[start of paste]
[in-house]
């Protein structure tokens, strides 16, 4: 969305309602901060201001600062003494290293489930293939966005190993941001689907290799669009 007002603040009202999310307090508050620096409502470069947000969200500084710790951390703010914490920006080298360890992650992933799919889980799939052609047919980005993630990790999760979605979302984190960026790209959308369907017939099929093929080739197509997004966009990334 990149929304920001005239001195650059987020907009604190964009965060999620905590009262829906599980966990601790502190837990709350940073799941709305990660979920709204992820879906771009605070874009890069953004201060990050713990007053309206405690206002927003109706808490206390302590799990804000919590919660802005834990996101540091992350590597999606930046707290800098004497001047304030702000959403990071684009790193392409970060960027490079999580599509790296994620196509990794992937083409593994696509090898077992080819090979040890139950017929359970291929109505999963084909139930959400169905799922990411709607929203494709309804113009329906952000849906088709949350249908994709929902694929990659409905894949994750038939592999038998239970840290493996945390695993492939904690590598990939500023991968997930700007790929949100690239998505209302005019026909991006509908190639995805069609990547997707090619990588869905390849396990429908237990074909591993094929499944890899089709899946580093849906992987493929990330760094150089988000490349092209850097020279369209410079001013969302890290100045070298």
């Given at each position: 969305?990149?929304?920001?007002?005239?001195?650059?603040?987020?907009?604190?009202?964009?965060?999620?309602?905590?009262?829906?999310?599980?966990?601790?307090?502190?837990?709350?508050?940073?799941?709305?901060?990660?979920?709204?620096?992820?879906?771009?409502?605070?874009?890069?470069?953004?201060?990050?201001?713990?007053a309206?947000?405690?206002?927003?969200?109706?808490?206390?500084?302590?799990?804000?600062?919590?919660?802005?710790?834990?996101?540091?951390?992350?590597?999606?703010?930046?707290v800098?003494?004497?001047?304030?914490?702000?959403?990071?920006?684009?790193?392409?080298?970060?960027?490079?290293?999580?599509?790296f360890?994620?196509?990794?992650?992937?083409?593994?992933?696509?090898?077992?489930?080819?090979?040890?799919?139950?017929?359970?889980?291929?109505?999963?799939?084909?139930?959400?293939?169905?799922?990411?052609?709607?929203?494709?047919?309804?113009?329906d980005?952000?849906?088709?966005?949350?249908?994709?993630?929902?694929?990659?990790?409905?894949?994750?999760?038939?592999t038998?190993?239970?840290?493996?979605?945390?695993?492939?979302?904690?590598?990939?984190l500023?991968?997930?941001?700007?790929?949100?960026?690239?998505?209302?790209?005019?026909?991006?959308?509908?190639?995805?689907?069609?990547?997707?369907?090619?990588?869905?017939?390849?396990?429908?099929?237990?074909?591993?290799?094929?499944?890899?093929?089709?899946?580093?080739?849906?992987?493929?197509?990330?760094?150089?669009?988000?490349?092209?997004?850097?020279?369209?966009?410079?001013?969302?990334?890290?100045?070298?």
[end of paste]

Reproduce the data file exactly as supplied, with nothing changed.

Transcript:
[in-house]
């Protein structure tokens, strides 16, 4: 969305309602901060201001600062003494290293489930293939966005190993941001689907290799669009 007002603040009202999310307090508050620096409502470069947000969200500084710790951390703010914490920006080298360890992650992933799919889980799939052609047919980005993630990790999760979605979302984190960026790209959308369907017939099929093929080739197509997004966009990334 990149929304920001005239001195650059987020907009604190964009965060999620905590009262829906599980966990601790502190837990709350940073799941709305990660979920709204992820879906771009605070874009890069953004201060990050713990007053309206405690206002927003109706808490206390302590799990804000919590919660802005834990996101540091992350590597999606930046707290800098004497001047304030702000959403990071684009790193392409970060960027490079999580599509790296994620196509990794992937083409593994696509090898077992080819090979040890139950017929359970291929109505999963084909139930959400169905799922990411709607929203494709309804113009329906952000849906088709949350249908994709929902694929990659409905894949994750038939592999038998239970840290493996945390695993492939904690590598990939500023991968997930700007790929949100690239998505209302005019026909991006509908190639995805069609990547997707090619990588869905390849396990429908237990074909591993094929499944890899089709899946580093849906992987493929990330760094150089988000490349092209850097020279369209410079001013969302890290100045070298």
């Given at each position: 969305?990149?929304?920001?007002?005239?001195?650059?603040?987020?907009?604190?009202?964009?965060?999620?309602?905590?009262?829906?999310?599980?966990?601790?307090?502190?837990?709350?508050?940073?799941?709305?901060?990660?979920?709204?620096?992820?879906?771009?409502?605070?874009?890069?470069?953004?201060?990050?201001?713990?007053a309206?947000?405690?206002?927003?969200?109706?808490?206390?500084?302590?799990?804000?600062?919590?919660?802005?710790?834990?996101?540091?951390?992350?590597?999606?703010?930046?707290v800098?003494?004497?001047?304030?914490?702000?959403?990071?920006?684009?790193?392409?080298?970060?960027?490079?290293?999580?599509?790296f360890?994620?196509?990794?992650?992937?083409?593994?992933?696509?090898?077992?489930?080819?090979?040890?799919?139950?017929?359970?889980?291929?109505?999963?799939?084909?139930?959400?293939?169905?799922?990411?052609?709607?929203?494709?047919?309804?113009?329906d980005?952000?849906?088709?966005?949350?249908?994709?993630?929902?694929?990659?990790?409905?894949?994750?999760?038939?592999t038998?190993?239970?840290?493996?979605?945390?695993?492939?979302?904690?590598?990939?984190l500023?991968?997930?941001?700007?790929?949100?960026?690239?998505?209302?790209?005019?026909?991006?959308?509908?190639?995805?689907?069609?990547?997707?369907?090619?990588?869905?017939?390849?396990?429908?099929?237990?074909?591993?290799?094929?499944?890899?093929?089709?899946?580093?080739?849906?992987?493929?197509?990330?760094?150089?669009?988000?490349?092209?997004?850097?020279?369209?966009?410079?001013?969302?990334?890290?100045?070298?």